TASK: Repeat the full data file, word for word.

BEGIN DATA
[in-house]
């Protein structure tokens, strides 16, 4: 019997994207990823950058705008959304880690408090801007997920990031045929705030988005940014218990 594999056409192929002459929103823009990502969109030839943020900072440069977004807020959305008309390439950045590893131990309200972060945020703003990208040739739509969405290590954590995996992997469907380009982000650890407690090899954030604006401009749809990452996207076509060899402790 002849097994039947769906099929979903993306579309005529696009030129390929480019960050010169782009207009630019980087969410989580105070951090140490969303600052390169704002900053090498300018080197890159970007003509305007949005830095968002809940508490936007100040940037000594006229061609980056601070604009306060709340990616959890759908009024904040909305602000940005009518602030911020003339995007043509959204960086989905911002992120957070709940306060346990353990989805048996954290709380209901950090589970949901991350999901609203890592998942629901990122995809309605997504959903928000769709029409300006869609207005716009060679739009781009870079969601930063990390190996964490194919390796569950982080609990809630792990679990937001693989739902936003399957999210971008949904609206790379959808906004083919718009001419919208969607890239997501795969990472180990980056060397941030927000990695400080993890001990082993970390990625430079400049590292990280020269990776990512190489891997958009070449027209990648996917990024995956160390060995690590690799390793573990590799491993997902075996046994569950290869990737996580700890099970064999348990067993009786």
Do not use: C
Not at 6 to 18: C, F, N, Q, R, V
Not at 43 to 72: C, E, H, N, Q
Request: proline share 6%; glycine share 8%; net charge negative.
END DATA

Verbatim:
[in-house]
């Protein structure tokens, strides 16, 4: 019997994207990823950058705008959304880690408090801007997920990031045929705030988005940014218990 594999056409192929002459929103823009990502969109030839943020900072440069977004807020959305008309390439950045590893131990309200972060945020703003990208040739739509969405290590954590995996992997469907380009982000650890407690090899954030604006401009749809990452996207076509060899402790 002849097994039947769906099929979903993306579309005529696009030129390929480019960050010169782009207009630019980087969410989580105070951090140490969303600052390169704002900053090498300018080197890159970007003509305007949005830095968002809940508490936007100040940037000594006229061609980056601070604009306060709340990616959890759908009024904040909305602000940005009518602030911020003339995007043509959204960086989905911002992120957070709940306060346990353990989805048996954290709380209901950090589970949901991350999901609203890592998942629901990122995809309605997504959903928000769709029409300006869609207005716009060679739009781009870079969601930063990390190996964490194919390796569950982080609990809630792990679990937001693989739902936003399957999210971008949904609206790379959808906004083919718009001419919208969607890239997501795969990472180990980056060397941030927000990695400080993890001990082993970390990625430079400049590292990280020269990776990512190489891997958009070449027209990648996917990024995956160390060995690590690799390793573990590799491993997902075996046994569950290869990737996580700890099970064999348990067993009786």
Do not use: C
Not at 6 to 18: C, F, N, Q, R, V
Not at 43 to 72: C, E, H, N, Q
Request: proline share 6%; glycine share 8%; net charge negative.